By Kyle Adams
Fifteen incoming first-year students started at Saint Rose with an immersion experience with issues surrounding the Albany community. These issues included as poverty and homelessness, immigration and refugees, childhood incarceration, STD prevention and life with HIV/ AIDS, state government, public transportation and environmental justice. This opportunity, called Urban Launch, is one of the four options for the Pathways Programs that Saint Rose offers at the beginning of every academic year .
This year the Urban Launch program was unique because for the first time in its history it was open to all students who participated in the program in the past. Anyone who had participated before could come back and be a leader for the program, which was a change from years past when only a chosen few were selected. This year there were fifteen first-year students, eight sophomore leaders, four juniors, one senior, and two graduate students/assistants. The group of thirty students was led by Ken Scott, Director of Community Service.
“Urban launch has helped define my college career by helping me form friendships with my best friends and current roommates,” said Lexi Ginder, a junior majoring in psychology.
On the first day of Urban Launch the incoming students, nicknamed Launchers, were led by their leaders on a CDTA bus trip to the Empire State Plaza. Learning how to use public transportation in Albany is a keystone in the program every year. The following morning the Launchers were introduced to an Albany community icon, Willie White, who led a tour around A-Village in downtown Albany. White introduced the new students to the Radix Center, an ecological sustainability farm and garden, right in the heart of the city. White and the Launchers also helped clean up a park and planted flowers in the Children’s Community Garden.
After a pause to view the solar eclipse, the Launchers toured Habitat for Humanity at Sheridan Hollow , followed with a trip to the Albany Damien Center for a presentation on the struggles of life with HIV/ Aids from the staff who devote their lives to helping those in those circumstances. Immediately after the Damien Center visit, the Launchers went on a visit to the Saint Anne’s Institute. A former Launcher, Dayana Pichardo, led the tour. St. Anne’s is often the step before juvenile detention for young women. It is a program that allows those young women to get on the right track, without going into the corrections system. Launchers interacted with the residents of St. Anne’s and encountered a completely different life, despite being close in age to many of the young women.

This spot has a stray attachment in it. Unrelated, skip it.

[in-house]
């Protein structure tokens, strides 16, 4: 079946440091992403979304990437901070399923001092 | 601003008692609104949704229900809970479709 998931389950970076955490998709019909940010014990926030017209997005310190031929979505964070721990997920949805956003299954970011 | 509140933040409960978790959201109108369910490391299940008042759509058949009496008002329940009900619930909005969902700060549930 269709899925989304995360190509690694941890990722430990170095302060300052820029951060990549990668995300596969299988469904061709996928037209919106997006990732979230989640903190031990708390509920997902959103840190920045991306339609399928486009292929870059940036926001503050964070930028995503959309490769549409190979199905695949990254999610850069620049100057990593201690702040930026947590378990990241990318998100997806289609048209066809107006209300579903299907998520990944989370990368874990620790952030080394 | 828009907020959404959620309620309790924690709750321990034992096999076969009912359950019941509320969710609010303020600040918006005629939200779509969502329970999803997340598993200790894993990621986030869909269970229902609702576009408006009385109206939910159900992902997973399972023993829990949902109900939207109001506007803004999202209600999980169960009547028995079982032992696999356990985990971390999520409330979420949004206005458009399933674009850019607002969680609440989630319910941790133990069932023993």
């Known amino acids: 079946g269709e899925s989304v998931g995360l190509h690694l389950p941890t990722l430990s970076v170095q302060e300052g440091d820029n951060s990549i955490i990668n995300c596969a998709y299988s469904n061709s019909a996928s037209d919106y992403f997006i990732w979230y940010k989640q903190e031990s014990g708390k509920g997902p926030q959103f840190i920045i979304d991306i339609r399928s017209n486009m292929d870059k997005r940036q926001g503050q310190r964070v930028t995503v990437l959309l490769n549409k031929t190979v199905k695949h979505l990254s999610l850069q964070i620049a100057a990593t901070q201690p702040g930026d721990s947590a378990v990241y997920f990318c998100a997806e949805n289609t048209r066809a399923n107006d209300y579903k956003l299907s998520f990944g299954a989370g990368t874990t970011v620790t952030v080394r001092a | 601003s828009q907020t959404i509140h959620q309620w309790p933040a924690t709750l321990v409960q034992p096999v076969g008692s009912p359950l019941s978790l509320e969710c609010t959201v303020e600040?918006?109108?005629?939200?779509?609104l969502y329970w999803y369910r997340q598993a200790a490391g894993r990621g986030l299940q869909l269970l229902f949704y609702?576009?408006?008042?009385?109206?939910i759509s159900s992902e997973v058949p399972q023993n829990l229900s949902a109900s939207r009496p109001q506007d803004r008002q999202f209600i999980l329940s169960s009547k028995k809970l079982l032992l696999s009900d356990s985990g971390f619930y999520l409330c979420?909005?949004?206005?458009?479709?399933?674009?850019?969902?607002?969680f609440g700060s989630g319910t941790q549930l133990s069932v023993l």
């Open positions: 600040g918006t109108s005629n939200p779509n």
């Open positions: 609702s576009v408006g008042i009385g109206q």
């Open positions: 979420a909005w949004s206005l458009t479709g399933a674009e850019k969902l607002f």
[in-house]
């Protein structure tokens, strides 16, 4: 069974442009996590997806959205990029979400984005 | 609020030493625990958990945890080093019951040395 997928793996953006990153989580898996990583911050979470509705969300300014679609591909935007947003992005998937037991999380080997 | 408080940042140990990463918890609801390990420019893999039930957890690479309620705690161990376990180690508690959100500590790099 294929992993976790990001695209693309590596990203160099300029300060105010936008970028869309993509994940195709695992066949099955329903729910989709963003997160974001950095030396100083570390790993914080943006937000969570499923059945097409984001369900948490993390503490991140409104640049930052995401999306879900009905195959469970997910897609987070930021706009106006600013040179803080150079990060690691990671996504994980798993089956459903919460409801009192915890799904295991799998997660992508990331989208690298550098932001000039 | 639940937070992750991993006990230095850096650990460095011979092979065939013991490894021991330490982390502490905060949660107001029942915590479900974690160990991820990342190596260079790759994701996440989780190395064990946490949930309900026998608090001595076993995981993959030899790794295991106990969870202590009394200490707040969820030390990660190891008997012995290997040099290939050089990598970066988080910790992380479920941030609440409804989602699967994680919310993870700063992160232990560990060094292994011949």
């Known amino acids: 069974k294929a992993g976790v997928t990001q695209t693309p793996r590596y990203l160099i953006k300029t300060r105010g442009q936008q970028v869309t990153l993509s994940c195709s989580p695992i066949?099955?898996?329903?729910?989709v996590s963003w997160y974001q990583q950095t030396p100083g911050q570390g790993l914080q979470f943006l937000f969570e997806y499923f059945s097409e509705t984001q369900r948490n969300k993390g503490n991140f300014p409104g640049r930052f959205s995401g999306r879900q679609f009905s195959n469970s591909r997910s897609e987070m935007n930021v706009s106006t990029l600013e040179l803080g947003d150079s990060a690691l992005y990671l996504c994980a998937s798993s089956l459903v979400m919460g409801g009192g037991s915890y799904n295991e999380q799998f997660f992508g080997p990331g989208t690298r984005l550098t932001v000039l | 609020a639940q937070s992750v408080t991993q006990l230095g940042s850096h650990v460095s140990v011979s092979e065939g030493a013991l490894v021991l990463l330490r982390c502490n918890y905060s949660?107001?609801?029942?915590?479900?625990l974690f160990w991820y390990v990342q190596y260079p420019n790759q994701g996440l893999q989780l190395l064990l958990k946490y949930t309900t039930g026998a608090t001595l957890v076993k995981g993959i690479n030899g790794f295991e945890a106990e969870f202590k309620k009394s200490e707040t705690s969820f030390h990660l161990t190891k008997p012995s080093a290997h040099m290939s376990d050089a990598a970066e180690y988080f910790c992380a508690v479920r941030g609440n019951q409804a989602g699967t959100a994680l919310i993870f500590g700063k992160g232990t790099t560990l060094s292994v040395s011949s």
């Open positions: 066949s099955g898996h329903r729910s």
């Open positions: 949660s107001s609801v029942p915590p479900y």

The following morning the group met at the New York State Capitol, hosted by former Launcher Whitney Griffin, who works with the Women’s Caucus. Later on they met in the NYS Assembly chambers with Assemblywoman Pat Fahy, who discussed issues surrounding higher education and the NYS budget, as well as the current political climate. She encouraged everyone to get involved in issues that they are passionate about. Another activity the Launchers participated in involved making lunches at homeless shelters across Albany. Later on in the day they played with refugee children, who came to the United States to escape wars and terrorism in the middle-east. Later on in the evening Launchers got a chance to sit down and reflect with their leaders, as well as hear about the Alternative Spring Break trips that several leaders had gone on.
On the final morning of Urban Launch, the day most other freshman were moving into their residence halls, the Launchers were busy planting trees. Right across the street from the Events and Athletic Center the group planted four trees, which adds to the number of over 100 trees that Launchers have planted in the program’s history. The closing ceremony involved answering some difficult questions from Joan Horgan, the director of Campus Ministry and organizer for Reach Out Saint Rose, as a reflection on the program’s completion. After the reflection, first year students received letters from their sophomore leaders, and the sophomore leaders received letters from the junior and senior leaders.
The fifteen first-year students gave up four days of their summer to come to college early and be thrown completely out of their comfort zone to do community service and learn about hardships that millions of people face across the country. The leaders know exactly what they’re getting into, and they choose to do it all again – some for a third or fourth time.
“Without urban launch I wouldn’t have been as compelled to get involved on campus and around Albany,” said Ginder. “ I wouldn’t have been able to figure out what I want to do with my major, which is helping other people. I wouldn’t have gone to New Orleans on an Alternative Spring Break if Urban Launch hadn’t helped show me how much I love helping others and how important it is to help those around us.”